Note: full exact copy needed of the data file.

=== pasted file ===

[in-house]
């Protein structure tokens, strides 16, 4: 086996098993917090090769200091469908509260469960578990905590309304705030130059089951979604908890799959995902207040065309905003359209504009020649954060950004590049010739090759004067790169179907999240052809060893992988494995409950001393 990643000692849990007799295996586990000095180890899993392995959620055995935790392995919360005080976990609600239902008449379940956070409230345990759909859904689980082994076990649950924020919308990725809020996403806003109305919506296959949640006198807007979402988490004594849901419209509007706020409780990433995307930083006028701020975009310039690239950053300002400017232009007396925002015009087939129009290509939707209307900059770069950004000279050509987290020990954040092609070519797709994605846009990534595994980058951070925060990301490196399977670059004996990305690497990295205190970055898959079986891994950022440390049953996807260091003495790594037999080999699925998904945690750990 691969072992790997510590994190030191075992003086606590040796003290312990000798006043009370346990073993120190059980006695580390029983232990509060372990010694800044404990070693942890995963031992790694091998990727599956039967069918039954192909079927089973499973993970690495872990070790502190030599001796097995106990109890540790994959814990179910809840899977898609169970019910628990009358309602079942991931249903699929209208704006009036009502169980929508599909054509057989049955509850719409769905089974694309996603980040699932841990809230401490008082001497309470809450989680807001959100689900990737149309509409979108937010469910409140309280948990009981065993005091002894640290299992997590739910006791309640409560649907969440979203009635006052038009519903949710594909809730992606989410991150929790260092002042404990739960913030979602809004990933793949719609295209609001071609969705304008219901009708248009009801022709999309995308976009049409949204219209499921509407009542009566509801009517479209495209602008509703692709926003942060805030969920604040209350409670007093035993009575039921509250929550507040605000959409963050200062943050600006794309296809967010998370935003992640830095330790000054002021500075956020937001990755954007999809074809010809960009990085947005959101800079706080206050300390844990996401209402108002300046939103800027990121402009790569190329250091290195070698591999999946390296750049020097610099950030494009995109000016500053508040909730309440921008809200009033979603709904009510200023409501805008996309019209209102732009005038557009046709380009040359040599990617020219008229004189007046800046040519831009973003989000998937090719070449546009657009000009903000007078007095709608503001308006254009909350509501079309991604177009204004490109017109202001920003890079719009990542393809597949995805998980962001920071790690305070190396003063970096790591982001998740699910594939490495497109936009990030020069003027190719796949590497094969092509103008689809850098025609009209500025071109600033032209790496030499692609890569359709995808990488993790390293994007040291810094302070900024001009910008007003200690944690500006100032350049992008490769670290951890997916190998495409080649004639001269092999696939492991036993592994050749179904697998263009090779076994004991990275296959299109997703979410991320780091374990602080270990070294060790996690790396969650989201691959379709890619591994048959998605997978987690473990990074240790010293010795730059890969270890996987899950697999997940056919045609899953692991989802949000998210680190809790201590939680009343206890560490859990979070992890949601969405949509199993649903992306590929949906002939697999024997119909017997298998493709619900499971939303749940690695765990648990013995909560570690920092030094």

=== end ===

[in-house]
């Protein structure tokens, strides 16, 4: 086996098993917090090769200091469908509260469960578990905590309304705030130059089951979604908890799959995902207040065309905003359209504009020649954060950004590049010739090759004067790169179907999240052809060893992988494995409950001393 990643000692849990007799295996586990000095180890899993392995959620055995935790392995919360005080976990609600239902008449379940956070409230345990759909859904689980082994076990649950924020919308990725809020996403806003109305919506296959949640006198807007979402988490004594849901419209509007706020409780990433995307930083006028701020975009310039690239950053300002400017232009007396925002015009087939129009290509939707209307900059770069950004000279050509987290020990954040092609070519797709994605846009990534595994980058951070925060990301490196399977670059004996990305690497990295205190970055898959079986891994950022440390049953996807260091003495790594037999080999699925998904945690750990 691969072992790997510590994190030191075992003086606590040796003290312990000798006043009370346990073993120190059980006695580390029983232990509060372990010694800044404990070693942890995963031992790694091998990727599956039967069918039954192909079927089973499973993970690495872990070790502190030599001796097995106990109890540790994959814990179910809840899977898609169970019910628990009358309602079942991931249903699929209208704006009036009502169980929508599909054509057989049955509850719409769905089974694309996603980040699932841990809230401490008082001497309470809450989680807001959100689900990737149309509409979108937010469910409140309280948990009981065993005091002894640290299992997590739910006791309640409560649907969440979203009635006052038009519903949710594909809730992606989410991150929790260092002042404990739960913030979602809004990933793949719609295209609001071609969705304008219901009708248009009801022709999309995308976009049409949204219209499921509407009542009566509801009517479209495209602008509703692709926003942060805030969920604040209350409670007093035993009575039921509250929550507040605000959409963050200062943050600006794309296809967010998370935003992640830095330790000054002021500075956020937001990755954007999809074809010809960009990085947005959101800079706080206050300390844990996401209402108002300046939103800027990121402009790569190329250091290195070698591999999946390296750049020097610099950030494009995109000016500053508040909730309440921008809200009033979603709904009510200023409501805008996309019209209102732009005038557009046709380009040359040599990617020219008229004189007046800046040519831009973003989000998937090719070449546009657009000009903000007078007095709608503001308006254009909350509501079309991604177009204004490109017109202001920003890079719009990542393809597949995805998980962001920071790690305070190396003063970096790591982001998740699910594939490495497109936009990030020069003027190719796949590497094969092509103008689809850098025609009209500025071109600033032209790496030499692609890569359709995808990488993790390293994007040291810094302070900024001009910008007003200690944690500006100032350049992008490769670290951890997916190998495409080649004639001269092999696939492991036993592994050749179904697998263009090779076994004991990275296959299109997703979410991320780091374990602080270990070294060790996690790396969650989201691959379709890619591994048959998605997978987690473990990074240790010293010795730059890969270890996987899950697999997940056919045609899953692991989802949000998210680190809790201590939680009343206890560490859990979070992890949601969405949509199993649903992306590929949906002939697999024997119909017997298998493709619900499971939303749940690695765990648990013995909560570690920092030094």